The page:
Once, in 4th (or 5th or 6th) grade music class, a young man dropped by to deliver something to the teacher. “Class,” said our music teacher. “This man was once my student.” Then turning to the young man as he stood in the wooden door frame in his work clothes, she asked, “What advice can you give these kids?”
Here’s where my elementary school memory snaps into clarity. He said: “Know what you want to be when you grow up. I didn’t, and it took me a while to figure it out.”
It seemed like sound advice to my grade school brain, so I filed it away for a blog post thirty-two years later. Know what you want to be when you grow up.
I’ve met folks who had a clear sense of what they wanted to be when they grew up. They doctored their little brothers, listening for a heartbeat through a red plastic stethoscope. They celebrated holy communion with Mentos wafers. They cuffed the neighbor boys and read them their rights. But there’s a whole lot of us who weren’t so sure, or who had kid ideas of work that didn’t turn out to be very practical (astronaut, anyone?).
The word we use for this thing we are and do when we grow up is “vocation.” Our vocation is our calling–literally. The word comes from the Latin vocare, “to call.” When we talk about our vocation, we may mean that we feel some inner sense of call, a calling that comes from the way we’re wired. But in Christian terms, it’s ultimately God who does the calling.
Often we attach vocation to work, and in this way vocation becomes a synonym for “career.” Our vocation is the work we were born for, the job that gets us up in the morning.
Except that it’s more complicated than that. You see, our job is not our vocation–at least not in a straightforward way. And I suspect that a whole lot of disappointment and angst would be alleviated if we had a clearer distinction between work and vocation. The two can overlap, but our paying work never exhausts the depth of our vocation.
In a Christian sense, the human vocation–the one we were all created for–is the one the turns up in the Scriptures. It’s a vocation that flows from God’s very character and that is transferable to all times and cultures. Our vocation is to love. The ancient Law teaches “love the Lord your God” and “love your neighbor as yourself” (Deuteronomy 6:5; Leviticus 19:18). Jesus highlighted both as the hooks on which “hang all the law and the prophets” (Matthew 22:40). We’re intended to “live the calling to which [we’ve] been called” being “built up in love” (Ephesians 4:1,16). “Love is from God; everyone who loves is born of God and knows God” (1 John 4:7).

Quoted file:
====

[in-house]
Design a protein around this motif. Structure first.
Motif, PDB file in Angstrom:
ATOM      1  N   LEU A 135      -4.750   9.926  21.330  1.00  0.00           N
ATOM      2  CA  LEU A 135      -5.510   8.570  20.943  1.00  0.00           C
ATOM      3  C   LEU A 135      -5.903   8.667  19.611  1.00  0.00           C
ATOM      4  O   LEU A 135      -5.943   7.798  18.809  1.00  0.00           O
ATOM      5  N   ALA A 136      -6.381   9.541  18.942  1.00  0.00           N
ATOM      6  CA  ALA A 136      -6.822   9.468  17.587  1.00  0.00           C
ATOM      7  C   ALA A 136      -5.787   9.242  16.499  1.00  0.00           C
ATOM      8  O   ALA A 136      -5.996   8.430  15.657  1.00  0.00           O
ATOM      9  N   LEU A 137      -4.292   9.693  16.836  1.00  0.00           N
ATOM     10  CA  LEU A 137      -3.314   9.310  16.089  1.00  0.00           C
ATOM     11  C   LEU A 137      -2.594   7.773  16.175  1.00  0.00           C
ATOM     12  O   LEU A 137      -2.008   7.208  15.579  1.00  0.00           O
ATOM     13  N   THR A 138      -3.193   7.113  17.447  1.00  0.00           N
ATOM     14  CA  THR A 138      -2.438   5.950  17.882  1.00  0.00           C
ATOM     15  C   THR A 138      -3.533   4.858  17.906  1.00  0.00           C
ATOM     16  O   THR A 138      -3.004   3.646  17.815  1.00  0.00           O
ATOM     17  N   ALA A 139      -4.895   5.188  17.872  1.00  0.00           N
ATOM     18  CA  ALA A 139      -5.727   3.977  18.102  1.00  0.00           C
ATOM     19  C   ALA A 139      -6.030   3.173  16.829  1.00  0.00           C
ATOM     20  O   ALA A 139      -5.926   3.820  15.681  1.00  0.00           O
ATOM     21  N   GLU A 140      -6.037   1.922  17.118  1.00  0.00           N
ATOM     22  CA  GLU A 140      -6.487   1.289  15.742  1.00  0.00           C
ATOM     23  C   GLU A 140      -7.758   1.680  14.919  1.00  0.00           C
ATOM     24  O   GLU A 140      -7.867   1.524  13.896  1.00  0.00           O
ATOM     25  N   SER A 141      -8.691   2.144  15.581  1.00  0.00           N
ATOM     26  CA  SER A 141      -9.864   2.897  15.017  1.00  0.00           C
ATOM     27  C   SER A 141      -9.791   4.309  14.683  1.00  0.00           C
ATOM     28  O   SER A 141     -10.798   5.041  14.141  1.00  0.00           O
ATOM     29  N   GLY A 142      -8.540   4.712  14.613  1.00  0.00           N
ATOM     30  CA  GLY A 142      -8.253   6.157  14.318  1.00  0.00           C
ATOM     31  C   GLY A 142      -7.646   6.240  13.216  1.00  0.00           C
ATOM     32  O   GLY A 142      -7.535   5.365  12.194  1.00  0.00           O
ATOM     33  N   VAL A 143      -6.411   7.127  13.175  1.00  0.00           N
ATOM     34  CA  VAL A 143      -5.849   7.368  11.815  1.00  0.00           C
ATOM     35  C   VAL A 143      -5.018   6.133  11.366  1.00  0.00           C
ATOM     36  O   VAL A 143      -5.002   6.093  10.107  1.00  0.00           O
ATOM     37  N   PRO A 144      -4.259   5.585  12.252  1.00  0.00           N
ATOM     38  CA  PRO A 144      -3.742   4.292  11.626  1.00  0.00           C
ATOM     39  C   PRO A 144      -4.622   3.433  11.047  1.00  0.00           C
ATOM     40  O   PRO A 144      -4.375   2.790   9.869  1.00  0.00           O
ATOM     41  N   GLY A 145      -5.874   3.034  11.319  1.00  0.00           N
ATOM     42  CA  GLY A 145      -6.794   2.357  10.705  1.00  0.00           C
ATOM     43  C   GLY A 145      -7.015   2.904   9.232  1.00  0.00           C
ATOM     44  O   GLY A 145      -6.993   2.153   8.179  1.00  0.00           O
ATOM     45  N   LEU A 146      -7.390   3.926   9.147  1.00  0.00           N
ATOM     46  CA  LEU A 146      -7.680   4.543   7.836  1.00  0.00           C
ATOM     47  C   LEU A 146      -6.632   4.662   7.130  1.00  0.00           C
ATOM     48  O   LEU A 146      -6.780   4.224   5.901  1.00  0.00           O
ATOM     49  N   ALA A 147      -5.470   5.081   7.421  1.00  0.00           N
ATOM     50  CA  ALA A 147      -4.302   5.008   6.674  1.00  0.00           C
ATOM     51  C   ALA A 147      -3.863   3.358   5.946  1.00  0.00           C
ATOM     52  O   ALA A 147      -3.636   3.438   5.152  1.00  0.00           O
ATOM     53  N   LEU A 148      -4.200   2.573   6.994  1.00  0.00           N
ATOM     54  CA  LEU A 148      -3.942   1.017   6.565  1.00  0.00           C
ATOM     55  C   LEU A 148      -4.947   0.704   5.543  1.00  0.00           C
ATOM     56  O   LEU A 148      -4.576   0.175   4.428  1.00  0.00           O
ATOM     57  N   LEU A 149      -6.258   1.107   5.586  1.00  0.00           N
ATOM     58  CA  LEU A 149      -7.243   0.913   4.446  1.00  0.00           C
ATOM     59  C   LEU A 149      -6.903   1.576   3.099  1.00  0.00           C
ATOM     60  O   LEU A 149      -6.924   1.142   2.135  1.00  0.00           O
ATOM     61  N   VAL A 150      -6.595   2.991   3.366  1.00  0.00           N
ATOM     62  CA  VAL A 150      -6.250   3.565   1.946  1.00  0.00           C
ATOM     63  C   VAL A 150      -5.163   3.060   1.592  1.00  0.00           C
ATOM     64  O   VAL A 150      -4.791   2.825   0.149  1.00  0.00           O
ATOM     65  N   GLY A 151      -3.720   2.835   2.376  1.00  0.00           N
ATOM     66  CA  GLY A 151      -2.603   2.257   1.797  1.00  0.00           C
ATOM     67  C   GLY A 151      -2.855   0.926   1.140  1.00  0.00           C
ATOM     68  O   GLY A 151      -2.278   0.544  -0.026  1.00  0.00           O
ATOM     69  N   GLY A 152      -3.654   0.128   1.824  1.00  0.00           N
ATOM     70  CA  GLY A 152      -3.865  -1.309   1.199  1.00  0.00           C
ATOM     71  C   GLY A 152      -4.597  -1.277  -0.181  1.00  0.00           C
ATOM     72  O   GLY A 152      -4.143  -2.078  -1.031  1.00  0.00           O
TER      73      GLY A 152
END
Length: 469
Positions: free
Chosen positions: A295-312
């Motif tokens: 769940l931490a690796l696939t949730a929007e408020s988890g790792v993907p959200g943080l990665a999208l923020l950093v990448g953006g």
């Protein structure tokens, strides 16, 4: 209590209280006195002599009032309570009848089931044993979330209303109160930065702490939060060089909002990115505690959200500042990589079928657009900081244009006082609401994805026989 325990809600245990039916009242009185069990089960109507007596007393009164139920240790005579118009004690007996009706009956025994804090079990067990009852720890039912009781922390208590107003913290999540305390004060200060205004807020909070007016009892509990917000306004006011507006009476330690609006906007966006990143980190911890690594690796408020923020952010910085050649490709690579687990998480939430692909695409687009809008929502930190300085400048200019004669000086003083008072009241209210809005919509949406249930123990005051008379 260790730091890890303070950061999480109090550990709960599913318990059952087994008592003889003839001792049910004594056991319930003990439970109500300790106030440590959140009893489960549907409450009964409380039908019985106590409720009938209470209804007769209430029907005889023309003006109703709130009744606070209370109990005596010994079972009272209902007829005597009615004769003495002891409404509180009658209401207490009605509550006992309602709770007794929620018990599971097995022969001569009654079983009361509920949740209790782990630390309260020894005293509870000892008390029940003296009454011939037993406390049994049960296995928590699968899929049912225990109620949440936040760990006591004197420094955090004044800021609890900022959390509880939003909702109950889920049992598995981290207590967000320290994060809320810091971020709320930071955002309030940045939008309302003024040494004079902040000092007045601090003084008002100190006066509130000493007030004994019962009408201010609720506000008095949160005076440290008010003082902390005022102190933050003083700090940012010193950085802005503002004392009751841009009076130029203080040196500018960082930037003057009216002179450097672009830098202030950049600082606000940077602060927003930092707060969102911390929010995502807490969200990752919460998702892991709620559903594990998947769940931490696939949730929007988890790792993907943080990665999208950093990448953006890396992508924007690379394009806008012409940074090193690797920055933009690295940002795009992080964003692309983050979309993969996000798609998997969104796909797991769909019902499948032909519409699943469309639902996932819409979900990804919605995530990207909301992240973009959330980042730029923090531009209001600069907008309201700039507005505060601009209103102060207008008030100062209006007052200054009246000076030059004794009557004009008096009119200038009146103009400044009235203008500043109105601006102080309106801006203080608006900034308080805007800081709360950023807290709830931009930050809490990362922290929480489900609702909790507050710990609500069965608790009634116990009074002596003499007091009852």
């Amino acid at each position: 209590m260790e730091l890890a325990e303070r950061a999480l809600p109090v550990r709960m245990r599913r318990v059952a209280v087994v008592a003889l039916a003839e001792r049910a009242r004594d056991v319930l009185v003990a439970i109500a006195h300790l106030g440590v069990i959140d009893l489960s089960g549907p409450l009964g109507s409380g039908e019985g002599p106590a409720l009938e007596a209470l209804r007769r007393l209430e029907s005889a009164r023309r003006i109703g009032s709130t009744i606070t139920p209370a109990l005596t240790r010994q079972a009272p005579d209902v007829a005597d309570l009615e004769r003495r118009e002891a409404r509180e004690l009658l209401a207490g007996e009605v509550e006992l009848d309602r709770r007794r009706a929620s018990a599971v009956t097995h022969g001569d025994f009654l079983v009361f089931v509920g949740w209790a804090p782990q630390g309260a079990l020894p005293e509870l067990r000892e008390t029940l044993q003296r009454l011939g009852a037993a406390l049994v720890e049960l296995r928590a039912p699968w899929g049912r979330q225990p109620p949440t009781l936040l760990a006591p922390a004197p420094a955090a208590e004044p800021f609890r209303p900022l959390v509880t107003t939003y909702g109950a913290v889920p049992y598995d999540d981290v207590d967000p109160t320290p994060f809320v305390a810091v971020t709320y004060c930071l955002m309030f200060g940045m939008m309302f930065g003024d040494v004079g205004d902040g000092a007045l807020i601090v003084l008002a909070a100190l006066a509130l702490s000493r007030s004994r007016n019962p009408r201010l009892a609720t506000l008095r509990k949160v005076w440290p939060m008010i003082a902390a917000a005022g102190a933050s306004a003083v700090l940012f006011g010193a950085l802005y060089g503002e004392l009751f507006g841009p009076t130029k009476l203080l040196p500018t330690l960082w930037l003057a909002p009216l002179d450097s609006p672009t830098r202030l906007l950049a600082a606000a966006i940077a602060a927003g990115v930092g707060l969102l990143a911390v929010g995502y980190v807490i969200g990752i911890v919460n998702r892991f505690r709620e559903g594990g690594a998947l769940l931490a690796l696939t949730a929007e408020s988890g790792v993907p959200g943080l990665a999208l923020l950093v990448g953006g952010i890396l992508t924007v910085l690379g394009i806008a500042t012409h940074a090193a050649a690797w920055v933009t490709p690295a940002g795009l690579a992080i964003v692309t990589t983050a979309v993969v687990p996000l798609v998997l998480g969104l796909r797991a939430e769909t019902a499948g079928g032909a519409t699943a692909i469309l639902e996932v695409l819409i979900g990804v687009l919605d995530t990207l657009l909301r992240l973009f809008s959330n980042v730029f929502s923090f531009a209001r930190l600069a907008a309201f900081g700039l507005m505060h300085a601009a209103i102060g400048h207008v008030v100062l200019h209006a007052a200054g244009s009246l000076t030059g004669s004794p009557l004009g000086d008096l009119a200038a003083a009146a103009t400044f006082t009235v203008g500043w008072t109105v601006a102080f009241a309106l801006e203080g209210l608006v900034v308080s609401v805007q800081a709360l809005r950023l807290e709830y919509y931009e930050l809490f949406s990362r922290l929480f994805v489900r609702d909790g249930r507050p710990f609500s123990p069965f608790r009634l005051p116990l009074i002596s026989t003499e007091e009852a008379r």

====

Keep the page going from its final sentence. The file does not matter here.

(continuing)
We’re called to love. That’s our vocation. But all too often, we confuse our paying work with our unchanging vocation–and that leads to no small amount of frustration. Yet I’m convinced that our God-given vocation to love can be lived out in our work, whatever that happens to be. There are at least two ways this is true.
Our vocation to love can be expressed through our job. “Whatever you do you, work at it with all your heart, as working for the Lord, not for men” (Colossians 3:23). Any job that makes or grows, helps or heals, can express our vocation to love. In this sense, our work can be what allows us to live out our human vocation in concrete ways. We’re doing something that makes life possible and good for others.
Not long ago, I admired the work of the skilled plumber who rejigged the pipes and tubing in our bathroom. “Being a plumber seems like it would be satisfying work,” I told him. He shrugged. “Sometimes,” he said. But I wasn’t buying his reticence. Maybe it’s just my impression looking from the outside in, but it seems to me that someone whose job makes hot water and flush toilets possible is expressing love for his fellow man. That has to be satisfying.
Our vocation to love can also guide how we do our jobs. Work isn’t just bare work. There are ways to go about many jobs that allow us to express love through respect, compassion, attention to the rights of others, and care for the earth. In fact, if it’s not possible to live these values in a particular job, then we should ask ourselves if it’s really a job we want to be doing. I’ve met folks who have done jobs that didn’t jibe with their moral center. When we find ourselves in that situation, either we change jobs, or our jobs change us. No paycheck is worth the latter. “How do you benefit,” asked Jesus, “if you gain the whole world but lose your own soul in the process? Is anything worth more than your soul?” (Matthew 16:26).
When vocation and work align, it’s a beautiful thing. We feel these moments of flow when something imprinted on our soul stirs into action. Maybe you’ve experienced this. I hope you will. Not everything in my own work gives me this feeling, but one thing always does: communicating beautiful truths through beautiful words. I think that’s my vocation: to write and teach and preach. It’s how I live out my ultimate vocation to love.
How do you do it?